How blockchain could restore trust to the fund management and audit industries

China is moving forward in the blockchain race, over 500 blockchain projects have beenregistered with the Chinese government since March this year, including some ofthe country’s largest companies
By
Nish Kotecha, Chairman and Co-founder of Finboot, and Bryan Foss, Independent Director and Visiting Professor at Bristol Business School

Not too long ago, Neil Woodford was still regularly being heralded as a “superstar” manager and the “Oracle of Oxford”. How different the story is today.

The reasons behind Woodford’s fall from grace have been extensively covered, but can largely be attributed to the fact that ultimately the Equity Income Fund did not do what it said it would, and Woodford ran it unchecked. If investors had been fully aware of the investments being made into unlisted and illiquid stocks, would they have kept their money in?

There can be no doubt that it’s in the best interest of investors that information is readily available to enable timely decisions to be taken. Dissemination of such information should not be left to the whim of the fund manager who relies on investor trust.

Ultimately, trust requires transparency to validate integrity. Adopting technologies such as blockchain into the reporting and audit framework of a public fund could provide a fresh approach so that investors can avoid being caught in a Woodford-like situation.

For instance, an investor-facing blockchain could be programmed to release updates on a fund’s portfolio at regular intervals without further approvals from the fund manager. The constant release of data in a predefined format would provide evidence of the fund’s status, forcing the fund manager to operate within the automated reporting schedules and ensure that the fund’s share price is a fair reflection of its valuation.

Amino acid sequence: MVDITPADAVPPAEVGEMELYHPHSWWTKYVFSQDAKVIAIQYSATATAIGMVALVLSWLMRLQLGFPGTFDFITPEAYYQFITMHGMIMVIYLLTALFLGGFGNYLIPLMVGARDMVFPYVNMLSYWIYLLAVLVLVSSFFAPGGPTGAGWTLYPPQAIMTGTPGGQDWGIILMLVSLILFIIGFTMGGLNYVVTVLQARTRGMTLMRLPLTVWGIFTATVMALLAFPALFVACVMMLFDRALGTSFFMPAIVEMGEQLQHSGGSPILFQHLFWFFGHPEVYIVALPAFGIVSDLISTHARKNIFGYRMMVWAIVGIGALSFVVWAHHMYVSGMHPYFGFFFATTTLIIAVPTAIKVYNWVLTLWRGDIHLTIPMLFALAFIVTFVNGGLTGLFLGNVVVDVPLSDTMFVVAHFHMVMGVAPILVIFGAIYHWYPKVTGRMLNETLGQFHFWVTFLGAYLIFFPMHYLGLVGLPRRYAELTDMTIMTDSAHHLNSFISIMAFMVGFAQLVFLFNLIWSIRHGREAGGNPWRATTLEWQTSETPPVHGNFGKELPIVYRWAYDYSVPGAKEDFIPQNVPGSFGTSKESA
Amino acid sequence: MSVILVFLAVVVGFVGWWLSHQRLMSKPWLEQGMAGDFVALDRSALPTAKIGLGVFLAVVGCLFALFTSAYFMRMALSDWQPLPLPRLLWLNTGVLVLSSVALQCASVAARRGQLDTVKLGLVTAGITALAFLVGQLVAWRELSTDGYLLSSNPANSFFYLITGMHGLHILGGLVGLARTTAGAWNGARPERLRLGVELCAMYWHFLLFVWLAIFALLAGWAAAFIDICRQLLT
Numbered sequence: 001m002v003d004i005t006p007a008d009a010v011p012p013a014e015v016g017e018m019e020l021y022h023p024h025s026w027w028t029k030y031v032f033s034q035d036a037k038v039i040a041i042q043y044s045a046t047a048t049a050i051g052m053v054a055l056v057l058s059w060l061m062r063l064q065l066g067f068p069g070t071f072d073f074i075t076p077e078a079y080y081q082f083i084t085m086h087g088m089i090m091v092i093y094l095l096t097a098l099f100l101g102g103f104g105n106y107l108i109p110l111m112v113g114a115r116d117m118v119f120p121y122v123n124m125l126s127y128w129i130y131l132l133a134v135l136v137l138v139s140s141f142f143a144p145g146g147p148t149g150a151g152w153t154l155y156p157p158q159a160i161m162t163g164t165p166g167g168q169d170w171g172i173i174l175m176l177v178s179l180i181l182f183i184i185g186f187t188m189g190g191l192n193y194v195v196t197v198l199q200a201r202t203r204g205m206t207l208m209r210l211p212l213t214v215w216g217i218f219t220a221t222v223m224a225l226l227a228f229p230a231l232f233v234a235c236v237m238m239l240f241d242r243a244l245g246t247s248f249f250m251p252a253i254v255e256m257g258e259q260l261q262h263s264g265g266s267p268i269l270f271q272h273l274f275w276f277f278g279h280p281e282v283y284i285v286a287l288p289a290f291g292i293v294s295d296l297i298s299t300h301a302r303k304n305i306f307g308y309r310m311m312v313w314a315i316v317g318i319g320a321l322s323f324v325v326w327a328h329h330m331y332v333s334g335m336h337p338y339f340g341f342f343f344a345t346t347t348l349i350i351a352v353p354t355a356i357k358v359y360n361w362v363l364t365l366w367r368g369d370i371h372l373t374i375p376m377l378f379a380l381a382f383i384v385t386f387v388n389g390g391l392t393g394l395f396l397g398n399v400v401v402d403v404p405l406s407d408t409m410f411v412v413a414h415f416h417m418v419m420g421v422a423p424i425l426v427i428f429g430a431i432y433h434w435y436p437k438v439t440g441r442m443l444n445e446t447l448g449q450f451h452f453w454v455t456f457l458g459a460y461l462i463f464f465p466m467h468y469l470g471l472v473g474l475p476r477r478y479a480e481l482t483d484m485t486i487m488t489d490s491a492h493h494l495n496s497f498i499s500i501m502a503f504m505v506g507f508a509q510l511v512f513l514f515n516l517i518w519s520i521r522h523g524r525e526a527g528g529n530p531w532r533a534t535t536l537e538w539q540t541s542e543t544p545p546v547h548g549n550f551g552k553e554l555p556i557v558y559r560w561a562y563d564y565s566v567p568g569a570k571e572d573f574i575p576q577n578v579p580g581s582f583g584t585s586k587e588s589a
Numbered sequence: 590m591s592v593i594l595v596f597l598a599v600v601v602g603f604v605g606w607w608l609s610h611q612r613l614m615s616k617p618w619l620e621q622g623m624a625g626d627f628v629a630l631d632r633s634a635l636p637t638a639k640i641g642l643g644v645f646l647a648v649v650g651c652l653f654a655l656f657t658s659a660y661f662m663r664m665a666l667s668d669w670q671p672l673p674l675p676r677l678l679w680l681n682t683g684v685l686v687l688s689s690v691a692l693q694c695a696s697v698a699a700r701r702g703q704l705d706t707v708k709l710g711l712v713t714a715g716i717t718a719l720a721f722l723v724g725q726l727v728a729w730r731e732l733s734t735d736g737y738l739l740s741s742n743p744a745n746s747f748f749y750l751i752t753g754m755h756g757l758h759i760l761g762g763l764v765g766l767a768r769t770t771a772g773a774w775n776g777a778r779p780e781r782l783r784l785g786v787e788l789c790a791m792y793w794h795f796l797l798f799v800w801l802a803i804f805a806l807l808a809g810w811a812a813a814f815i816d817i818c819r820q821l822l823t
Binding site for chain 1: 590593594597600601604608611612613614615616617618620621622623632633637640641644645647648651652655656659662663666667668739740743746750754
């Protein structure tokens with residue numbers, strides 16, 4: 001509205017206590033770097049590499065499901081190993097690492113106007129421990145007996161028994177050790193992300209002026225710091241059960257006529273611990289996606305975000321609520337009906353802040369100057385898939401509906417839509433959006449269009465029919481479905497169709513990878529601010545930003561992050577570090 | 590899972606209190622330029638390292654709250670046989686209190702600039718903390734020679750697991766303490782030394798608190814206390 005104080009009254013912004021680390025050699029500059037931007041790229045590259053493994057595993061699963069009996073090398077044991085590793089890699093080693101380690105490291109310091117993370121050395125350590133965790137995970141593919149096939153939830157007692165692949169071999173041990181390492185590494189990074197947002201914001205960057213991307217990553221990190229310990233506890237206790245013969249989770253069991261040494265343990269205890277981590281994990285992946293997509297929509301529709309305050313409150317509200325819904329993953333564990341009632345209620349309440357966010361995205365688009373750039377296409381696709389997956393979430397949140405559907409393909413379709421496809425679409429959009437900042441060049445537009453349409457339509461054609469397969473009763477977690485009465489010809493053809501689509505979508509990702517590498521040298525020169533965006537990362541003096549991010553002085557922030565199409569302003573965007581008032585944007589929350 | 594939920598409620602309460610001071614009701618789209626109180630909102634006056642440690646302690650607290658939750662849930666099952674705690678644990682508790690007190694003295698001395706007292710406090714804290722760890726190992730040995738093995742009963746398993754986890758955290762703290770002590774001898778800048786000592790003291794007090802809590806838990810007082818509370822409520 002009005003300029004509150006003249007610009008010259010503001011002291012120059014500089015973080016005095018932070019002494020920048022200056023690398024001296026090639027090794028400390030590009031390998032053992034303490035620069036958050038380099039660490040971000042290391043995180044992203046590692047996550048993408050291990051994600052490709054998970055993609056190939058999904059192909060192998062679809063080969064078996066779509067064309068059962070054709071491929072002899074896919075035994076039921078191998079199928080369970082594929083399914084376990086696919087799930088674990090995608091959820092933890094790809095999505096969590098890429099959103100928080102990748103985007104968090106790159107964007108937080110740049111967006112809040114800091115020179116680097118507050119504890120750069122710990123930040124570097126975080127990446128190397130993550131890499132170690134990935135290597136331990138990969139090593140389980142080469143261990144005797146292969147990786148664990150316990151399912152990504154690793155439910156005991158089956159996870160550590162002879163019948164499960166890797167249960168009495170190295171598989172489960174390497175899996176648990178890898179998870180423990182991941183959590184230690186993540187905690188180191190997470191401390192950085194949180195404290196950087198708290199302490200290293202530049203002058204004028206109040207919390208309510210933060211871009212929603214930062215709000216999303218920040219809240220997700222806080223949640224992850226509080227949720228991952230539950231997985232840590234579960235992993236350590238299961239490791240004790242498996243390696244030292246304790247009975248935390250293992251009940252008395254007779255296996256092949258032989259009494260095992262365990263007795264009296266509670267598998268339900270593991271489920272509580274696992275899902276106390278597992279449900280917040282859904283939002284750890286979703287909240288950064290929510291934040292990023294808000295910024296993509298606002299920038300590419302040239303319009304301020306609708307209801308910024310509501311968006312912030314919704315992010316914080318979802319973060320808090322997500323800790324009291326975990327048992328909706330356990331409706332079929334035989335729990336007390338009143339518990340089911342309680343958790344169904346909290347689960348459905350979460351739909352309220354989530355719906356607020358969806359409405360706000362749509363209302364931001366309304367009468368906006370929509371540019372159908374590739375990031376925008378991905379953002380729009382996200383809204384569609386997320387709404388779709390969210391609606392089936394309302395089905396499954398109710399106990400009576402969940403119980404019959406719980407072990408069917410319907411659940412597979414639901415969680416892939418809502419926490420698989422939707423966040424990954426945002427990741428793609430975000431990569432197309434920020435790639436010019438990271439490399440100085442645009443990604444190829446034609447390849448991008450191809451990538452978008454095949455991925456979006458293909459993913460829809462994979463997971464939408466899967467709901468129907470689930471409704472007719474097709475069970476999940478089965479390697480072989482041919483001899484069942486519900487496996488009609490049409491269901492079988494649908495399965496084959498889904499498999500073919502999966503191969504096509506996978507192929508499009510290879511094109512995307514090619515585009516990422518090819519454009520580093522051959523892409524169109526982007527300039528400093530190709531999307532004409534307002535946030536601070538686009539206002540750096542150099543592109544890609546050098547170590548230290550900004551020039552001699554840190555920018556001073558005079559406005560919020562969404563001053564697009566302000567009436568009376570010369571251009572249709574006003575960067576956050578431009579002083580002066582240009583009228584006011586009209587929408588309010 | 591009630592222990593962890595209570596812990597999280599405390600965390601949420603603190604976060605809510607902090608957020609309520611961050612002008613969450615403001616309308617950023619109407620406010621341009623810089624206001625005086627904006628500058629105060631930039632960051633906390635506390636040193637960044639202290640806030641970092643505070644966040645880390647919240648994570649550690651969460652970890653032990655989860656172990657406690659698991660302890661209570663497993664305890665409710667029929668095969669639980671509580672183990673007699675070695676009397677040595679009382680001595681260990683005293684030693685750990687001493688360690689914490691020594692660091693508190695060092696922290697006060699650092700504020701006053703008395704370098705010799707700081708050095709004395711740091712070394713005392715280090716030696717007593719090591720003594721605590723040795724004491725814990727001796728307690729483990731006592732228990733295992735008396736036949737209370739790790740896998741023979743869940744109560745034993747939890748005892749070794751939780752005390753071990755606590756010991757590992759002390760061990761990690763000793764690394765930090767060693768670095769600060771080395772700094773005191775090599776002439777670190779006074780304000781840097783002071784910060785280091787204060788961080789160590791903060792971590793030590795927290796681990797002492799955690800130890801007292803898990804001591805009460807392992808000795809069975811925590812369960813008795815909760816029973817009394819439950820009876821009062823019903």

Similarly, adopting blockchain in audit and assurance reporting could potentially help to prevent accounting scandals, such as the Patisserie Valerie fraud case earlier this year. Had blockchain been used to underpin the accounting framework of the company, it’s likely the thousands of false entries that were discovered as fraudulent would never have been approved by the distributed ledger technology. The time-stamped links of blocks could reveal alterations or tampering to the recorded transactions, as well as providing an immediate insight into the performance of the company at any given time.

More validated, immutable information will generate trust in the fund management market and audit industry as a whole. The choice between investing in public market funds and private market funds should be left to the investor, and public fund managers should be prevented from changing their reporting framework because it suits them. Likewise, listed companies should adhere to a fully transparent corporate reporting process that is not susceptible to distortion. In both cases, there is a clear argument for an automated blockchain that can act as a “single source of truth” for the benefit of investors, on whose trust the share price of listed entities partially depends.